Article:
From the King’s Broad Arrow to a restaurant in Portsmouth, New Hampshire: Eastern White Pine trees have long been utilized for ship masts and bowsprits, and now a sculptor has created a fine modern-day example of the latter.
Architect Steve McHenry recently completed “Sandy Debris,” a masthead depicting a woman with her hand over her heart, for the exterior brick wall of Martingale Wharf restaurant at 99 Bow St. Weighing 500 pounds, the 9-foot figurehead is a tribute to the building’s namesake, an 1800s sailing ship that was blown into the building during a storm, according to local lore.
“We duplicated the history with the maiden, like what would have been on the ship,” says business owner Mark McNabb, who commissioned the sculpture.
The masthead isn’t an official project of Steve McHenry’s architecture firm. It’s a passion project he worked on in his spare time. In the 1970s, he made his living as a wood carver, and now those skills have come in handy. McHenry glued together 2-inch-thick white pine boards to create a large block of wood, and improvised carving tools from what he had on hand. It took him about a year to finish the sculpture, which gets its nickname from all the sanding required in the process.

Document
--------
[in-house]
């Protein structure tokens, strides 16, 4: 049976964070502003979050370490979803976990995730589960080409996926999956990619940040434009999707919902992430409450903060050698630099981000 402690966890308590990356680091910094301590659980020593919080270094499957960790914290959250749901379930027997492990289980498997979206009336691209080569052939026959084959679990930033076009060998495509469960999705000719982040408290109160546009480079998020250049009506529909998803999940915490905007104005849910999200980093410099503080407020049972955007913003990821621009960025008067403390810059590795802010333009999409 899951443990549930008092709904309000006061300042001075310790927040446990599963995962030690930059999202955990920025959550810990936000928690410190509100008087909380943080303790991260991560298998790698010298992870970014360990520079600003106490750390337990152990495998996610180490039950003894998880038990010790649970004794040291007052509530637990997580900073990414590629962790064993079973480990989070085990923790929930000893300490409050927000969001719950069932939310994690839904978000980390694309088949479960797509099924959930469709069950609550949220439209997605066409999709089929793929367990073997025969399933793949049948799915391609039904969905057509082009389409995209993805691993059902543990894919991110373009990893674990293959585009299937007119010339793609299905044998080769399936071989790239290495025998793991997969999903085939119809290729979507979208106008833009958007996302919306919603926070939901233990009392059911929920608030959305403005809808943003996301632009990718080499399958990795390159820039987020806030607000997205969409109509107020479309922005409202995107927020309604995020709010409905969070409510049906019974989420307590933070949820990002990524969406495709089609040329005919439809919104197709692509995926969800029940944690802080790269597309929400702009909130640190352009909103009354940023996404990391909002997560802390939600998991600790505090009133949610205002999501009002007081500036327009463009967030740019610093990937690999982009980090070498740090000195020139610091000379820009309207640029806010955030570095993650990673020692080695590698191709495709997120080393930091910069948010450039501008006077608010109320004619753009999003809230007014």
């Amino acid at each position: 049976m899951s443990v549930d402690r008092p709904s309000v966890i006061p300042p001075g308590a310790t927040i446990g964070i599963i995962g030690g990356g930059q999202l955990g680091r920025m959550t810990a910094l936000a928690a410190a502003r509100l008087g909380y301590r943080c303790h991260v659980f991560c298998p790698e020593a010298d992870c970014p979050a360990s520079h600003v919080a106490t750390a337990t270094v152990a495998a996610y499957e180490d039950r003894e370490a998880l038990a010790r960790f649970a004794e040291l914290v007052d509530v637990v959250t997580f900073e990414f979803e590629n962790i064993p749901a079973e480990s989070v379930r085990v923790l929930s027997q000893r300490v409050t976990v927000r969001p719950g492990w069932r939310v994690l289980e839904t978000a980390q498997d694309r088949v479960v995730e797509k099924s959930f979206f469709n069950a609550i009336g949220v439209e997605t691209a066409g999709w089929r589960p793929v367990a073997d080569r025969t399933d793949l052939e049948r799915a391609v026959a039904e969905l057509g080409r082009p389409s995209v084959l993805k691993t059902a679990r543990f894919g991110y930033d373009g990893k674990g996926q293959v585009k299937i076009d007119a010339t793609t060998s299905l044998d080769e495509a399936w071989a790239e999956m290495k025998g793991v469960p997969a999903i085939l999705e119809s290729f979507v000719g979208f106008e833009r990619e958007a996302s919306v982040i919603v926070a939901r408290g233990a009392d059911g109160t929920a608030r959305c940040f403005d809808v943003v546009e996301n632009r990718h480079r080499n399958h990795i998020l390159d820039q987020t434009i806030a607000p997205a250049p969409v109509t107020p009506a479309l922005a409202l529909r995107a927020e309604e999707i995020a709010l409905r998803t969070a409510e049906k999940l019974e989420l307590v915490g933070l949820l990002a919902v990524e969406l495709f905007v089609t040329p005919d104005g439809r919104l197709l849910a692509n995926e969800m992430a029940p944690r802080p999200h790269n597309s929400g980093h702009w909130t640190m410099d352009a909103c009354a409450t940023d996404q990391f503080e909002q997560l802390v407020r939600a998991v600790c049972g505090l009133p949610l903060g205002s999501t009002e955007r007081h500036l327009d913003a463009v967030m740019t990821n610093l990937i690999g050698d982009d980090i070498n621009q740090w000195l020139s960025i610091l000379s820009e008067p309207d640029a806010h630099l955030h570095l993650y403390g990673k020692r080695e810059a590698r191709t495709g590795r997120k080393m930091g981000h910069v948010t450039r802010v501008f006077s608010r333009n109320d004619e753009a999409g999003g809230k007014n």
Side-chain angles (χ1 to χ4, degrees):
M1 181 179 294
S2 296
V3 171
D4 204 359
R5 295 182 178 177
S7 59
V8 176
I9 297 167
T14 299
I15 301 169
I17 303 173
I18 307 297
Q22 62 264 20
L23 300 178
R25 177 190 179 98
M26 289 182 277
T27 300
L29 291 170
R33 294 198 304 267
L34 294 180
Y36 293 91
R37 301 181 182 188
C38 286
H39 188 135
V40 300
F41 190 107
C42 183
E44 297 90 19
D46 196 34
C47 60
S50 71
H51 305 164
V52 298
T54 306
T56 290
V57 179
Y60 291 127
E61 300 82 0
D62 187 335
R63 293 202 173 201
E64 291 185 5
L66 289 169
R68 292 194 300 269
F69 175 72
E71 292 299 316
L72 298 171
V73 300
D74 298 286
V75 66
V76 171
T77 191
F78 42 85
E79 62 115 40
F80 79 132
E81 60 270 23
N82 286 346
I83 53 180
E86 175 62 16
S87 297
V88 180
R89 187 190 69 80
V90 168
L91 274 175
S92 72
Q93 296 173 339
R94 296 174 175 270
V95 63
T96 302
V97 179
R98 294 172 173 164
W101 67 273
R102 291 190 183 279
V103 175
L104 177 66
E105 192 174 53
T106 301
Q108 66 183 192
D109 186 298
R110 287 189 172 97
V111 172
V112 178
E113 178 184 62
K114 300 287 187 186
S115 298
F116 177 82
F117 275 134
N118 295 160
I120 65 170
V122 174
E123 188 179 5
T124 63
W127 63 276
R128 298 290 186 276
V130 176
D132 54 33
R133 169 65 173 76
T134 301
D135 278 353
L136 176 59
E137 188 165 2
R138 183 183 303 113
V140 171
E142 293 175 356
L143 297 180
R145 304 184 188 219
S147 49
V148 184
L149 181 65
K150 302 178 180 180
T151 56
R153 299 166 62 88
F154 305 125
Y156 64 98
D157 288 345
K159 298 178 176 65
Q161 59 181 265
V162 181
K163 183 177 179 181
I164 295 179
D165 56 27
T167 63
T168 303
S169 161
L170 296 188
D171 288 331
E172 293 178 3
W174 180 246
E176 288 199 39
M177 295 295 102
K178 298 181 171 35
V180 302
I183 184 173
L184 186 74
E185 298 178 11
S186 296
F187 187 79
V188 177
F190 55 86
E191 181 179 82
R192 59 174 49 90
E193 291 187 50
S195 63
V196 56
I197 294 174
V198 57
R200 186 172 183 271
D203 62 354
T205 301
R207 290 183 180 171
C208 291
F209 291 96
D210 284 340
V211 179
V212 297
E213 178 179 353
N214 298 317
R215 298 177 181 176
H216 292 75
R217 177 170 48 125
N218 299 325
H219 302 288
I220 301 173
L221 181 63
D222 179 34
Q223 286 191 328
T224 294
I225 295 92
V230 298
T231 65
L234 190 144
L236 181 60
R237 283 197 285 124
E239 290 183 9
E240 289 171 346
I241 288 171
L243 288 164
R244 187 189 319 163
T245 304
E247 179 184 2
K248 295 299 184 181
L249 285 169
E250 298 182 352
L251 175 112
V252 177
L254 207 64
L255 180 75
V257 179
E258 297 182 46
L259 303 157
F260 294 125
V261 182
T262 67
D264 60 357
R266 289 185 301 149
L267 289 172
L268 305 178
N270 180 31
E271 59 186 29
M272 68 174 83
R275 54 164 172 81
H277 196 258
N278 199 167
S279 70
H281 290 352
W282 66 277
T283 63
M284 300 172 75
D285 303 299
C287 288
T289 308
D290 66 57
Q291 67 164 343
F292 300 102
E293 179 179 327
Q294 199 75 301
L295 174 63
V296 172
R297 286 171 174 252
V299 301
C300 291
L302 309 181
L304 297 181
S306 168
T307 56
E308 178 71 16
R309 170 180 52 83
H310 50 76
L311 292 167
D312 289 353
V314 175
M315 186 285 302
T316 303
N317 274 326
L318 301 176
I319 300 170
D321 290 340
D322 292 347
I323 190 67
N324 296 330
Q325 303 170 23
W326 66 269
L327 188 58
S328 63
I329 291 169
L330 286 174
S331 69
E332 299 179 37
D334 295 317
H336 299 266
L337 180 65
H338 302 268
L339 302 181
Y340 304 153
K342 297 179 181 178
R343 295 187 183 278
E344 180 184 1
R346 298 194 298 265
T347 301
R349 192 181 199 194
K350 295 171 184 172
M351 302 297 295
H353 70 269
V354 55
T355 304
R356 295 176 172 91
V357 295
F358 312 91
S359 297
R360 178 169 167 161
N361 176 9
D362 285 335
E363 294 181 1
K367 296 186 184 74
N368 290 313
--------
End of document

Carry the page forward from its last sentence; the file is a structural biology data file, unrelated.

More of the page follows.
The bowsprit represents a fun callback to one of the most famous stories in Eastern White Pine history. Tallest of the pine species in North America, Eastern White Pine was especially prized for shipmaking because it’s light, strong, decay-resistant and abundant. “Masting” became New England’s first major industry and Eastern White Pine was in high demand, especially by Great Britain.